All lampreys have snakelike bodies and smooth, slippery skin; a cartilaginous, boneless skeleton; lack an articulating lower jaw; and have a mouth that consists of a rounded sucking disk. There are no paired fins. There are 7 pore-like gill openings along each side of the head.
Unlike parasitic lampreys, brook lampreys (the group of nonparasitic lampreys) don’t have many teeth in their sucking disk, and the teeth they do have are poorly developed, especially near the outer edge of the disk. When expanded, the sucking disk is narrower than the head.
The northern brook lamprey has an undivided though shallowly notched dorsal fin, and all the disk teeth are poorly developed. In the innermost circle, all teeth are 1-pointed. Adults ready to spawn are darkish brown, becoming nearly black by the time spawning is completed.
The larvae (ammocoetes) of all lampreys resemble the adults but lack eyes, and the mouth is a horseshoe-shaped hood instead of a sucking disk. Larvae and new adults are grayish brown above, yellow on the belly and fins.
Similar species: Missouri has six species of lampreys; of these, four are nonparasitic (these are all called brook lampreys; our four species are the southern brook lamprey, northern brook lamprey, least brook lamprey, and American brook lamprey); our other two species of lampreys are parasitic (the chestnut lamprey and silver lamprey).
- Our four species of nonparasitic brook lampreys are never more than 8 inches long, they have narrow heads, and they have poorly developed disk teeth (the brook lampreys are bottom feeders and do not cling to fish). Missouri's other three brook lampreys are also found in Ozark streams, with the least brook lamprey being much more common than the other two.
- Our two parasitic lampreys are the chestnut lamprey and the silver lamprey. Both have well-developed, rasplike oral discs with plenty of teeth. The chestnut lamprey occurs in large streams and small rivers of the Mississippi River system, including the lower Missouri River (below St. Joseph) and the larger streams and reservoirs of the Ozarks. The silver lamprey is known only from the Mississippi River, where it is much less common than the chestnut.
Adult length: 6–8 inches long; larvae may grow to nearly 8½ inches long.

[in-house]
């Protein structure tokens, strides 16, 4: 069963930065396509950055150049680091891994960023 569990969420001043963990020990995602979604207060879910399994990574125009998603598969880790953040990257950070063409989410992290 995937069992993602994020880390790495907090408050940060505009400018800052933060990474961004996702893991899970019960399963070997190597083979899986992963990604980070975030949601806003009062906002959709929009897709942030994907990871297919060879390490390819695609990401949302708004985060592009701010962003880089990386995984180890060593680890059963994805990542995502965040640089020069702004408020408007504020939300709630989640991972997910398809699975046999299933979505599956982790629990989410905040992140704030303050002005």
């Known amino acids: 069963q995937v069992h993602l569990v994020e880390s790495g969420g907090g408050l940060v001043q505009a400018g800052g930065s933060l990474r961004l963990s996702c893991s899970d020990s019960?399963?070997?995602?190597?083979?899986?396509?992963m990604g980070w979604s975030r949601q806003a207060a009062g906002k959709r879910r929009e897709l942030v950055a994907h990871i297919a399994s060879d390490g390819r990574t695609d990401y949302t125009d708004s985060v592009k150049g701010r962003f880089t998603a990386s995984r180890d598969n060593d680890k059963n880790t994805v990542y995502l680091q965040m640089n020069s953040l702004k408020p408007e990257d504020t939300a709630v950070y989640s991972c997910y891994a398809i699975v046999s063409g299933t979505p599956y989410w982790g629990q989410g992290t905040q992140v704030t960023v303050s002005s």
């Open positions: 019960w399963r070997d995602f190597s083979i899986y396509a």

Streams in the northern Ozarks, particularly the Osage, Gasconade, and Meramec river systems.
Habitat and Conservation
Northern brook lampreys are found in medium-sized streams. They avoid both small headwater creeks and large rivers. All brook lampreys require clear, permanent-flowing streams having clean, gravelly riffles for spawning and stable beds of silt, sand, and organic debris for larval development.
All immature or larval lampreys burrow into soft-bottomed areas of streams and feed on microscopic life and organic particles strained from the water and from the bottom sediments. When lampreys undergo the transformation to adults, they stop feeding and can actually become smaller. Brook lampreys never enter a parasitic stage. When they transform into mature adults in late summer and fall, they remain in their smaller streams without feeding until the following spring, when they spawn.
This is the most common and widely distributed brook lamprey in the northern Ozarks. It may be more widely distributed than records suggest.
Spawning in Missouri is in early May. Adults excavate pits, carrying stones with their sucker mouths, or spawn between or beneath rocks. Adult lampreys die shortly after spawning. Larval, or ammocoete, lampreys burrow in bottom sediments, using a sieve apparatus to filter microscopic food from the water. The larval stage can last 3–6 years. The transformation to the adult stage takes several months in late summer and fall. As adults, brook lampreys stay in their creeks to spawn and do not eat at all.
Brook lampreys do not parasitize or harm other fish. They are primitive survivors from ancient times, remnants of a group of fishes that lived more than 350 million years ago. They are no more closely related to other living fishes than these fishes are to amphibians and other vertebrates.
Anyone who has owned an aquarium understands the importance of a “bottom feeder.” Brook lampreys eat tiny organisms and other materials and in turn become food for something else. The eggs and the young lampreys, like other small fish, are preyed upon heavily by other fish and animals.